Community Submissiona month ago

Chapel Hill Road, Always in My Heart

By Sonia Swierczynski

When I was 21, my housemate was babysitting for Rye Keller while I

was at an Alternative healing retreat with her parents. Going to pick her up

in my battered VW bug on that snowy January afternoon was my first time

on Chapel Hill North and I was completely in love. The way the trees

touched over the road (yes, it was even narrower then) and the road

hugging the side of a valley that seemed almost enchanted. I never wanted

to leave the heart stopping beauty that I saw that day.

The next week I wrote Rye’s Mom, Courtney Dobyns, a letter letting her

know that if any property came up for sale, land or house, we were

interested. One might wonder, why did I have to write her a letter? They

didn’t have a phone. One could leave messages at the neighbors, but I

chose this approach. It was 1978, what was the hurry?

A year and a half passed, I got married and moved around the Upper

Valley quite a bit-Thetford Hill, East Thetford, Post Mills, West Fairlee, and

finally Farrell Farms in Norwich. I wanted my forever home, a place to

watch the world turn round and pick berries and have a garden and not

have to move my tomato transplants before they went in the ground.

Courtney stopped in to see me at work and told me about this house for

sale on their road and said “If you don’t buy it, we will.” What she didn’t

say was that they would buy it, tear it down, and build a spec house.

Again, I was in love-the fields, the apple trees, the old cape house,

the out buildings and a few months later it was ours. We were ready to put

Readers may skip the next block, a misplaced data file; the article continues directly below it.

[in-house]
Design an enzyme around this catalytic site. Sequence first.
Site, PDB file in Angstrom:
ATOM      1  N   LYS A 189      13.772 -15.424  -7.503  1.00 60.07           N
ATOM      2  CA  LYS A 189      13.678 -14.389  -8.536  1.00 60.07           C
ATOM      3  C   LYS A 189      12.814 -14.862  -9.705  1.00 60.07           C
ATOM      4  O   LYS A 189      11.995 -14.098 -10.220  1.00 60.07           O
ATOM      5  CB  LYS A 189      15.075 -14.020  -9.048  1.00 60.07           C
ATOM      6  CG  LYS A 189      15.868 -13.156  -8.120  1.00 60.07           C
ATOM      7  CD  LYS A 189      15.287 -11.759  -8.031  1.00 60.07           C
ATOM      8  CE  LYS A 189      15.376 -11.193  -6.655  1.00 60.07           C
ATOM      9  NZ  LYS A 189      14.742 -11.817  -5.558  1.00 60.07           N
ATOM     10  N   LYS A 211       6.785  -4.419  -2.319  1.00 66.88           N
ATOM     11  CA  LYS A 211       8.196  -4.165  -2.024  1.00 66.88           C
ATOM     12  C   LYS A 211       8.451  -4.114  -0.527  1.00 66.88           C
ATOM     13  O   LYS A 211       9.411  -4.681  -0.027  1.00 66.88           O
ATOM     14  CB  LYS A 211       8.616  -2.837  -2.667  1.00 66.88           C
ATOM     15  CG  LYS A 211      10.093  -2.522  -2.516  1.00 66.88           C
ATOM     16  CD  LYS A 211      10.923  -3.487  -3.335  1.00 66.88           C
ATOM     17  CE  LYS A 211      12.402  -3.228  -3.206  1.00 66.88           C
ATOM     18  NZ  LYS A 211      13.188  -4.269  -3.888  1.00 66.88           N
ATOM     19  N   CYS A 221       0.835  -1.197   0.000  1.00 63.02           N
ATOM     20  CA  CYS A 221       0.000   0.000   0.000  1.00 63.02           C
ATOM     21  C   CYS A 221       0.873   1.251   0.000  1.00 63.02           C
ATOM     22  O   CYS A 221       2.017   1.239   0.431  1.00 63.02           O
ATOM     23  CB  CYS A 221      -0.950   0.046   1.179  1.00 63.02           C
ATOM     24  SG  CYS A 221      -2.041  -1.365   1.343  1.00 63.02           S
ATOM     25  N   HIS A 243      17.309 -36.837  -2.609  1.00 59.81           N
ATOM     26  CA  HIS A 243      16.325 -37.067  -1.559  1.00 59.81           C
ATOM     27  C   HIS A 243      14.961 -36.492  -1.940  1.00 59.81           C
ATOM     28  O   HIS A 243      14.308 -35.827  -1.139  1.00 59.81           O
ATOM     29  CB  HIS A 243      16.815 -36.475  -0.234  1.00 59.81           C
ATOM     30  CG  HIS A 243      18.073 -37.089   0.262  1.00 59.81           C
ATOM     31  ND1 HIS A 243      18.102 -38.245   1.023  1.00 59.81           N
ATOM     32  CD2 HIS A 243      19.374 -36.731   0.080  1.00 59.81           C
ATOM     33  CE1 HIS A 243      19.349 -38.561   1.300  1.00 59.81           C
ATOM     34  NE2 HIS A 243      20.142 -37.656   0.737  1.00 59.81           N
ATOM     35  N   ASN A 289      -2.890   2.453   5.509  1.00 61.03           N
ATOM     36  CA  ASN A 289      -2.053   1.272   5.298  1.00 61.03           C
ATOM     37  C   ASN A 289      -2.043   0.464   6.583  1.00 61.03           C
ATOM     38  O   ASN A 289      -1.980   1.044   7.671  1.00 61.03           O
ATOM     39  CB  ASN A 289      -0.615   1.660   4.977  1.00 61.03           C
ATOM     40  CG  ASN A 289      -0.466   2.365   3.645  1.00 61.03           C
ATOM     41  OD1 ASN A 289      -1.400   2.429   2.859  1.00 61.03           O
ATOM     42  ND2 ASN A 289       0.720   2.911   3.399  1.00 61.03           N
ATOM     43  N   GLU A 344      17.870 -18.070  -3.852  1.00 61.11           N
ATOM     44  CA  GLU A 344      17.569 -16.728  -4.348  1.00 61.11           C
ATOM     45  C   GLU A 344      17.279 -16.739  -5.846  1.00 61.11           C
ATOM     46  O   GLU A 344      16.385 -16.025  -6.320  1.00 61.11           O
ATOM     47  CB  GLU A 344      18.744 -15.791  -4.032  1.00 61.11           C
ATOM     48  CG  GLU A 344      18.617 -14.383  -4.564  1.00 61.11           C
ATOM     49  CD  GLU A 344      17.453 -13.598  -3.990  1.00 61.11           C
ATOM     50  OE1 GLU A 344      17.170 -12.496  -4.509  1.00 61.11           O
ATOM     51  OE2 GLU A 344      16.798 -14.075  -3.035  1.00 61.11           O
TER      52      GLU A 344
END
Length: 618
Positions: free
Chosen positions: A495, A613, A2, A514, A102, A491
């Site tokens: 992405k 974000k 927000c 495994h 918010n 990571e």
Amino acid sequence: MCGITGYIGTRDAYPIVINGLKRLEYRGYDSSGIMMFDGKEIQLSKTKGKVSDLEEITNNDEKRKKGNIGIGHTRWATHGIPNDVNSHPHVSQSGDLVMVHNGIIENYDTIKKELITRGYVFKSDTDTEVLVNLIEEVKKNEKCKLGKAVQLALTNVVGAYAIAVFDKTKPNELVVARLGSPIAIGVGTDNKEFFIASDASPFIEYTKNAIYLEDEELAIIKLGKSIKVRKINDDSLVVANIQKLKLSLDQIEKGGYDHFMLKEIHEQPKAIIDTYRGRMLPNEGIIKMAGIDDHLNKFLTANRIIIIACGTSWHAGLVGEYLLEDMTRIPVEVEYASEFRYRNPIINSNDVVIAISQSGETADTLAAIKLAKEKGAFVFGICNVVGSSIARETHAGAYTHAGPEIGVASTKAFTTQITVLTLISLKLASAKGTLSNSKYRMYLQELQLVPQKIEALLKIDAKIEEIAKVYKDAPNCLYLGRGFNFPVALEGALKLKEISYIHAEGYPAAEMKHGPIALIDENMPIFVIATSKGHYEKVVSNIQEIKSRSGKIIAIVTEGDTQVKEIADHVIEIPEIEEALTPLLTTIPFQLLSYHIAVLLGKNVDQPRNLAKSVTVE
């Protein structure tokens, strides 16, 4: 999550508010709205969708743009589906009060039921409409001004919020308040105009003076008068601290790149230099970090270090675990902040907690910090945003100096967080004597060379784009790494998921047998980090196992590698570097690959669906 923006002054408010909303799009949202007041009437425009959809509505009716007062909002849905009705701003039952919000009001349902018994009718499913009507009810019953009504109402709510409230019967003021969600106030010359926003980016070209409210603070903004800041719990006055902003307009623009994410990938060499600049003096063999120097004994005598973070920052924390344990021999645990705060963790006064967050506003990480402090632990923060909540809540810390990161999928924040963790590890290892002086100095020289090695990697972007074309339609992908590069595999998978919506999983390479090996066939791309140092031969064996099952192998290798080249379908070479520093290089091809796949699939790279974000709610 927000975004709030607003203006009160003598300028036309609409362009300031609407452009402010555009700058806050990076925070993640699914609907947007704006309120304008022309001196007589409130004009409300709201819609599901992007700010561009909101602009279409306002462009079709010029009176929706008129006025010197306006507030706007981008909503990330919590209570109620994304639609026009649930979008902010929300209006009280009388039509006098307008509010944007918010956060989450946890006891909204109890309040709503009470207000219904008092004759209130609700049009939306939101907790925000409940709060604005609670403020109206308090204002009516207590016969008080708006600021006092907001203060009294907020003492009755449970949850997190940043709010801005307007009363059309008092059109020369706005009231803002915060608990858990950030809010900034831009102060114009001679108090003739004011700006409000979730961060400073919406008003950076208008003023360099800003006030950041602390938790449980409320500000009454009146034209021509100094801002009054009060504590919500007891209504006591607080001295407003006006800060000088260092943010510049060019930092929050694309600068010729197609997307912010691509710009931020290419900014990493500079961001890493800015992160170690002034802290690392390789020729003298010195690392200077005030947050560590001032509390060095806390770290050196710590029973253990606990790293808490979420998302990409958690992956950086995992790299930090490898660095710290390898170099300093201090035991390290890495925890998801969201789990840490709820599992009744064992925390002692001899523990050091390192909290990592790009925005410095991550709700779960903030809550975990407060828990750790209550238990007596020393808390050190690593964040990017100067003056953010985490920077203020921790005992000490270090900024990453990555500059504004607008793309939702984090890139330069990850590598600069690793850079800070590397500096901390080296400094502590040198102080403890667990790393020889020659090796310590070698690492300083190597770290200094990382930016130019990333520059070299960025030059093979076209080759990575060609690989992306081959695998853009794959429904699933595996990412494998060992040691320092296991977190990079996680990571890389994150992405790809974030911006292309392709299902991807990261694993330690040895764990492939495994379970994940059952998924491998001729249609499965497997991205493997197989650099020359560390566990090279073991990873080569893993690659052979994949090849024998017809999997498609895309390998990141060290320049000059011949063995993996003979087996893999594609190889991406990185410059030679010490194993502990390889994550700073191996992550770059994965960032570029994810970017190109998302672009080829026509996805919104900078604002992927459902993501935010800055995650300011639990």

up with anything for our own house-no running water, porcupines

chewing on the woodshed as we went to the two seater outhouse, no

insulation, and sometimes no privacy when the kids across the street

would come and peek in our windows at night.

Life was very isolated at times. The roads were not maintained as

well as they are now and we could be stuck here for a couple of days. Mud

season was a challenge and the second half of the road became impassable.

A couple of times Peter, Ina, Simon, and Angus Anderson had to

unexpectedly spend the night and have supper. Many times people have

had to use the phone or wait in my kitchen until the road was sanded.

The Klarich’s (with seven children) lived in Sandra Dell’s house and called

up at the beginning of what promised to be a bad snow storm to see if we

had any extra toilet paper. How would we know? There was no television

reception so we must have read it in the paper. I walked down with a

couple of rolls under my jacket.

It amazes me that so many people remain that were here when I

moved to Chapel Hill. Starting at the far end, Angus and Simon Anderson,

Bruce Keller, Jayne Bier, Alan and Beth Mathon, the Pomerleaus in the

hunting camps and Minnie Owen Slater. And so many lovely people have

chosen to live here since. It seems I am not the only person with heart

strings tied to Chapel Hill North.

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